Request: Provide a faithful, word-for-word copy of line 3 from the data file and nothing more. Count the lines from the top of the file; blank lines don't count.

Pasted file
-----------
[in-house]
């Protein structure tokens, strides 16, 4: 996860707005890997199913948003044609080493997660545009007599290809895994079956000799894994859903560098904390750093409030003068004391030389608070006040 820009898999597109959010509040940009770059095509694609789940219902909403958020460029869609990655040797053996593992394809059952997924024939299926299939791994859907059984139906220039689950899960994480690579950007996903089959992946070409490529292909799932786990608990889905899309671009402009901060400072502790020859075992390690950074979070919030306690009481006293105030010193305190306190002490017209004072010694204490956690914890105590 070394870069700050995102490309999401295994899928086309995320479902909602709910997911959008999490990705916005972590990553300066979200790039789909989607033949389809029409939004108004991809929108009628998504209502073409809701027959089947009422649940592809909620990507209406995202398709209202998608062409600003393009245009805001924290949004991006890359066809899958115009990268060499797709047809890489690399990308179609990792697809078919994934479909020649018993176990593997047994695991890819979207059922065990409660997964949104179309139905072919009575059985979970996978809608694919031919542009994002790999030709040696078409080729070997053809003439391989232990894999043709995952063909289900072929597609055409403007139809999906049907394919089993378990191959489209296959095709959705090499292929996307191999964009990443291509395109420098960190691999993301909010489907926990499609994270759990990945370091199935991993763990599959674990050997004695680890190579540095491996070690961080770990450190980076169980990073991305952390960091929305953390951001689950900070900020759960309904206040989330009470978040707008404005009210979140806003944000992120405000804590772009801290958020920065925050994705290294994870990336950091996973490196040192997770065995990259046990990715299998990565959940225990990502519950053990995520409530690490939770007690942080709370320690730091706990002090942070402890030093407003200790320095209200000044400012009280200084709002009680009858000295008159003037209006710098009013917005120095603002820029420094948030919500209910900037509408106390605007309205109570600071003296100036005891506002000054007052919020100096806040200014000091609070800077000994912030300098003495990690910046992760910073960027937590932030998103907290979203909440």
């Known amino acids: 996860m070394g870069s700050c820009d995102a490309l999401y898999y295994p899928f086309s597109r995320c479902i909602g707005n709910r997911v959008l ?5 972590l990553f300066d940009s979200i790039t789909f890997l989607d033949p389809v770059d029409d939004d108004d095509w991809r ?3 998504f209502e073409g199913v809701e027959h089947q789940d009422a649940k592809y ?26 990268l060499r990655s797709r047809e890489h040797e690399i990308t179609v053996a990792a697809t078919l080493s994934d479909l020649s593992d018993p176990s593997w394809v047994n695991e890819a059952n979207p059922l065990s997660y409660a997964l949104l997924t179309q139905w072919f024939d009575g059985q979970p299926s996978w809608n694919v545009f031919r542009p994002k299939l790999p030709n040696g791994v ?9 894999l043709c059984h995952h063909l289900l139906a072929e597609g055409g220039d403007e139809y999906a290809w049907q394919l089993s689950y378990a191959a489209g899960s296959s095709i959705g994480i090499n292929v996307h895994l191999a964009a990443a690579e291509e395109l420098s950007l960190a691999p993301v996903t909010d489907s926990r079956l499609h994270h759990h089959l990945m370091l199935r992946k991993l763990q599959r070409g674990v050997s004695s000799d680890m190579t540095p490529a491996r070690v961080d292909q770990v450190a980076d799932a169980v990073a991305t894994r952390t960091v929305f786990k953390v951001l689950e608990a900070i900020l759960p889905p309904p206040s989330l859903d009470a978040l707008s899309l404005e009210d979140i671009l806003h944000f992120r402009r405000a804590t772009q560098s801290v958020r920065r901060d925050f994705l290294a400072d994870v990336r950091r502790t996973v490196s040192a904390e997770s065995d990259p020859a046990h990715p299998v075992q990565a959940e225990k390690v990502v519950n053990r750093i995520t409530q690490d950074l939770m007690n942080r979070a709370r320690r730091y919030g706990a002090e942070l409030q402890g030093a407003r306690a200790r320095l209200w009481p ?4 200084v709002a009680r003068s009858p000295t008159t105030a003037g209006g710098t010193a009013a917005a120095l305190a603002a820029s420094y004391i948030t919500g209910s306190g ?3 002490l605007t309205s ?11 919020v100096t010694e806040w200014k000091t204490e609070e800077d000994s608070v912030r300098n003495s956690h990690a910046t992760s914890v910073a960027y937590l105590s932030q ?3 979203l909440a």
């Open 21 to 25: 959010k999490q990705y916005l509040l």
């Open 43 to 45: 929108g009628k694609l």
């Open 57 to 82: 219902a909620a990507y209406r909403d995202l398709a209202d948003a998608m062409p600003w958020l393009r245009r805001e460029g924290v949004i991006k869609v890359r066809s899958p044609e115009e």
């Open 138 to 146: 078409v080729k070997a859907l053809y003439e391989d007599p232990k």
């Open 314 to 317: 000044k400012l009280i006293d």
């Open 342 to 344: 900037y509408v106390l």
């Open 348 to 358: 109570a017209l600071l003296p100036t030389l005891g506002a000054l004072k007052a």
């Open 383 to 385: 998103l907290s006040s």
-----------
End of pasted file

């Known amino acids: 996860m070394g870069s700050c820009d995102a490309l999401y898999y295994p899928f086309s597109r995320c479902i909602g707005n709910r997911v959008l ?5 972590l990553f300066d940009s979200i790039t789909f890997l989607d033949p389809v770059d029409d939004d108004d095509w991809r ?3 998504f209502e073409g199913v809701e027959h089947q789940d009422a649940k592809y ?26 990268l060499r990655s797709r047809e890489h040797e690399i990308t179609v053996a990792a697809t078919l080493s994934d479909l020649s593992d018993p176990s593997w394809v047994n695991e890819a059952n979207p059922l065990s997660y409660a997964l949104l997924t179309q139905w072919f024939d009575g059985q979970p299926s996978w809608n694919v545009f031919r542009p994002k299939l790999p030709n040696g791994v ?9 894999l043709c059984h995952h063909l289900l139906a072929e597609g055409g220039d403007e139809y999906a290809w049907q394919l089993s689950y378990a191959a489209g899960s296959s095709i959705g994480i090499n292929v996307h895994l191999a964009a990443a690579e291509e395109l420098s950007l960190a691999p993301v996903t909010d489907s926990r079956l499609h994270h759990h089959l990945m370091l199935r992946k991993l763990q599959r070409g674990v050997s004695s000799d680890m190579t540095p490529a491996r070690v961080d292909q770990v450190a980076d799932a169980v990073a991305t894994r952390t960091v929305f786990k953390v951001l689950e608990a900070i900020l759960p889905p309904p206040s989330l859903d009470a978040l707008s899309l404005e009210d979140i671009l806003h944000f992120r402009r405000a804590t772009q560098s801290v958020r920065r901060d925050f994705l290294a400072d994870v990336r950091r502790t996973v490196s040192a904390e997770s065995d990259p020859a046990h990715p299998v075992q990565a959940e225990k390690v990502v519950n053990r750093i995520t409530q690490d950074l939770m007690n942080r979070a709370r320690r730091y919030g706990a002090e942070l409030q402890g030093a407003r306690a200790r320095l209200w009481p ?4 200084v709002a009680r003068s009858p000295t008159t105030a003037g209006g710098t010193a009013a917005a120095l305190a603002a820029s420094y004391i948030t919500g209910s306190g ?3 002490l605007t309205s ?11 919020v100096t010694e806040w200014k000091t204490e609070e800077d000994s608070v912030r300098n003495s956690h990690a910046t992760s914890v910073a960027y937590l105590s932030q ?3 979203l909440a």